Photo Quiz - March 2019

A 49/M with uncontrolled diabetes presented with fever (102- 103), headache and subacute onset of left sided hemiparesis. There was no history of skin and soft tissue abscess. On examination, he had no dental caries, sinusitis or ear infection. Chest X-ray was normal with no evidence of consolidation or infiltrates. His complete blood count showed TLC of 16,000 with neutrophilic predominance and raised ESR (81). HIV ELISA was negative. CT scan showed a ring enhancing space occupying lesion (RESOL) (3.4 X 3.2 X3.2 cm) in right thalamocapsular region with focal areas of cerebritis (Fig 1).

MR spectroscopy shows elevated lactate spikes (Fig 2)

What is your diagnosis? View Answer

Answer

CT guided drainage of the intracerebral lesion was performed and the pus culture grew α- haemolytic Streptococcus spp (Fig 3). With Pen E test, MIC was > 0.5 indicating a resistant streptococcus. According to the CLSI guidelines, Penicillin MIC is used for the guidance of the susceptibility of VGS in every possible case for appropriate treatment. There are no disc-diffusion criteria for VGS. Standard recommendations for treatment of ‘cryptogenic’ brain abscess are Vancomycin + Ceftriaxone + Metronidazole. As the patient patient had no risk factor for MRSA, empirical ceftriaxone 2 gm 12 hrly) and metronidazole 500 mg 6 hrly was initiated. Metronidazole was subsequently discontinued. IV ceftriaxone was continued which was shifted to oral cefixime subsequently.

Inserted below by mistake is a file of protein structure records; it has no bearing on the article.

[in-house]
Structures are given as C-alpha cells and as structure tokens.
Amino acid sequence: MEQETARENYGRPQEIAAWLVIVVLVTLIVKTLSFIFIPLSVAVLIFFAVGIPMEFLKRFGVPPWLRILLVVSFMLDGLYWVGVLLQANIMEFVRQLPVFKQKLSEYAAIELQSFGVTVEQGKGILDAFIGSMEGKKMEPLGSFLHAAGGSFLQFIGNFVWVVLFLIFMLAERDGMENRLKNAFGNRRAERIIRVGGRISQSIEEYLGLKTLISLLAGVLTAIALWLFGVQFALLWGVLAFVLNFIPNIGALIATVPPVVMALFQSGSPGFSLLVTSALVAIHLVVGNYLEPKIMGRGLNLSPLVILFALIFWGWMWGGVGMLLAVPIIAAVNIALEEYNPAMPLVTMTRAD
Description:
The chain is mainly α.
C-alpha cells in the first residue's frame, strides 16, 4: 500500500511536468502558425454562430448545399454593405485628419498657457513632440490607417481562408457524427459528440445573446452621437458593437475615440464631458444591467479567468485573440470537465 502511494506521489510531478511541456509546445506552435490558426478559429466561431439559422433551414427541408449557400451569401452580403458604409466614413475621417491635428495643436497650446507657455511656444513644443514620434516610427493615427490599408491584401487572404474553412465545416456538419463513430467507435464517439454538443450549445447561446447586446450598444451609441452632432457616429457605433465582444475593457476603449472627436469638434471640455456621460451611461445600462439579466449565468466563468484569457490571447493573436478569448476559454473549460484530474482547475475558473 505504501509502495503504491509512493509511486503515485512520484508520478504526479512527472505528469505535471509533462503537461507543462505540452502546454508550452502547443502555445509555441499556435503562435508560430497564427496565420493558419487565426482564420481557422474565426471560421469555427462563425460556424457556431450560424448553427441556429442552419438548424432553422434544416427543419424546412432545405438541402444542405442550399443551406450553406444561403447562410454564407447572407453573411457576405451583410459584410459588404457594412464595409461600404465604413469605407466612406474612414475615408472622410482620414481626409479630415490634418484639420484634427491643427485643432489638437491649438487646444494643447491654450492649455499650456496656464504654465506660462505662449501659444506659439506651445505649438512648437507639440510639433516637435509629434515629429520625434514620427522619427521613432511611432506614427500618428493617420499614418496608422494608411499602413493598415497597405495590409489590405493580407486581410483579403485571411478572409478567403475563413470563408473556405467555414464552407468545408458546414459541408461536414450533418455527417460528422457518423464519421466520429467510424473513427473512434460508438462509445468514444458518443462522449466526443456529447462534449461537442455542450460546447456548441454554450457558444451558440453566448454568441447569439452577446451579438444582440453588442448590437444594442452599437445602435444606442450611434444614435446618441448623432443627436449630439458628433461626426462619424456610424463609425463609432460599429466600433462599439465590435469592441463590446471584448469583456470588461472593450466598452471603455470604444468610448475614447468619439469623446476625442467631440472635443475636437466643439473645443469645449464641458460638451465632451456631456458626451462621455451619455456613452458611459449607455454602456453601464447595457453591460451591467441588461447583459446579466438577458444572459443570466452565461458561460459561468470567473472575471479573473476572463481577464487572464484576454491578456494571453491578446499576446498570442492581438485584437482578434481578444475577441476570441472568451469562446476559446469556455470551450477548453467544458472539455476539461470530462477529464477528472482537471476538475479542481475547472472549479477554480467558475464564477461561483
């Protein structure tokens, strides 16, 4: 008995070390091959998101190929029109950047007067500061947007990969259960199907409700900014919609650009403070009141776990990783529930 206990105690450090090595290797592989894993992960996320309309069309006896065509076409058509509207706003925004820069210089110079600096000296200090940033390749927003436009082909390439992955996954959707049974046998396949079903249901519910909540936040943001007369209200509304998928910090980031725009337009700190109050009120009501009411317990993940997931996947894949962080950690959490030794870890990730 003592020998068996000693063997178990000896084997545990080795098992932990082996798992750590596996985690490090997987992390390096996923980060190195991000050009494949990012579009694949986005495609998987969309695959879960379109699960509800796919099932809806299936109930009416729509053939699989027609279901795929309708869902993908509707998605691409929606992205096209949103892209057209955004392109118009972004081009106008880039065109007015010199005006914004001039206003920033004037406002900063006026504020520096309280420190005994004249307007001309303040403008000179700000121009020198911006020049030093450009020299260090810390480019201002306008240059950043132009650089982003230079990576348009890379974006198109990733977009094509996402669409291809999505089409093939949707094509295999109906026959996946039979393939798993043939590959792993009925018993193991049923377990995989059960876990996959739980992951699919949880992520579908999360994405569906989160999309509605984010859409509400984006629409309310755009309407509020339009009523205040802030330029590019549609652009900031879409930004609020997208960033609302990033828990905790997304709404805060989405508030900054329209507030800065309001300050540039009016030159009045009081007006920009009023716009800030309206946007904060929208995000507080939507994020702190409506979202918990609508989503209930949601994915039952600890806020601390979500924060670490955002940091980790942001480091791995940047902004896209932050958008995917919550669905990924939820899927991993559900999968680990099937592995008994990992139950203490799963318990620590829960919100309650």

Fig 3: α- haemolytic Streptococcus spp

Differential diagnosis of RESOL includes pyogenic brain abscess, tuberculoma, toxoplasmosis, tumor (astrocytoma, primary CNS lymphoma or metastasis), fungal abscess (Aspergillus, Mucor, Scedosporium) and nocardia.

Final diagnosis: Bacterial brain abscess caused by alpha hemolytic Streptococci (+- others)

Case provided by: Dr Ranjit Sah, Dr Neha Gupta, Dr Rajeev Soman, Dr Anjali Shetty, Dr Camilla Rodrigues